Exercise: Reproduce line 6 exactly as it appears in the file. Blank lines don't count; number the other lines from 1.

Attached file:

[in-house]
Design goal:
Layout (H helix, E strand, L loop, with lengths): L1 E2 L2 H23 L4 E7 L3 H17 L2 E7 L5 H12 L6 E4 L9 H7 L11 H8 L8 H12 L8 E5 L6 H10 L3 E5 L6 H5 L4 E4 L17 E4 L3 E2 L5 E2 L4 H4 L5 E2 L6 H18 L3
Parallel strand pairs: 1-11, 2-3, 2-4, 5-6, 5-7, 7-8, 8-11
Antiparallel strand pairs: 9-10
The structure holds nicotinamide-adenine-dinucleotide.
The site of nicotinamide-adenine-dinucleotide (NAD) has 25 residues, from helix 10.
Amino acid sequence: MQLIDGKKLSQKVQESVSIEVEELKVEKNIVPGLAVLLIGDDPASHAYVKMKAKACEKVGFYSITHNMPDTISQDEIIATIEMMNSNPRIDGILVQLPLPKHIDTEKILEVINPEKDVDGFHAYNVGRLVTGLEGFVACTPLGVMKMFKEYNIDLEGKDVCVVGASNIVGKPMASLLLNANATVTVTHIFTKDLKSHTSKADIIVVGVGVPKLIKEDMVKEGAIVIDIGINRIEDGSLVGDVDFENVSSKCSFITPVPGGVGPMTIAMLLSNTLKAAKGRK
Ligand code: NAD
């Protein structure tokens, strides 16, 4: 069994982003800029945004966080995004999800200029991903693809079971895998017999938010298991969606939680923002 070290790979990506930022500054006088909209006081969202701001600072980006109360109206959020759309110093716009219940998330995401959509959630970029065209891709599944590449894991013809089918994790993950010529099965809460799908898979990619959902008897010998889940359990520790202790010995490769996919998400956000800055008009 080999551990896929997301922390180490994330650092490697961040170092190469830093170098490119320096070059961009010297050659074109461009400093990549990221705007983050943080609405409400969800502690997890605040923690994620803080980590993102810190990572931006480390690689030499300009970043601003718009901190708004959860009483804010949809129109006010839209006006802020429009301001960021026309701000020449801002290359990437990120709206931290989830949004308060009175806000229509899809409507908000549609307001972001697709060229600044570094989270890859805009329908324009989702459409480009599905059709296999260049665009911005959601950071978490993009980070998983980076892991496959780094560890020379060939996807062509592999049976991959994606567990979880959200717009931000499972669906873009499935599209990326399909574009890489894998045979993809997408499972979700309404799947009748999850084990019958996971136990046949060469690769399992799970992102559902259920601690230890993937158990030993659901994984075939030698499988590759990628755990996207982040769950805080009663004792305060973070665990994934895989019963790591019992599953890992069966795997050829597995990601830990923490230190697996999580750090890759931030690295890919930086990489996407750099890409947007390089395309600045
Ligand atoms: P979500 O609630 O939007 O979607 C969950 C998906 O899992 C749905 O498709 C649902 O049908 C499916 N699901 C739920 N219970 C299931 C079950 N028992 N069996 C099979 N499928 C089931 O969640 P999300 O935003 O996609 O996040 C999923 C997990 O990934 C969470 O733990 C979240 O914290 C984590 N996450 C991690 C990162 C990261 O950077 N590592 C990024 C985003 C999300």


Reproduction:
The structure holds nicotinamide-adenine-dinucleotide.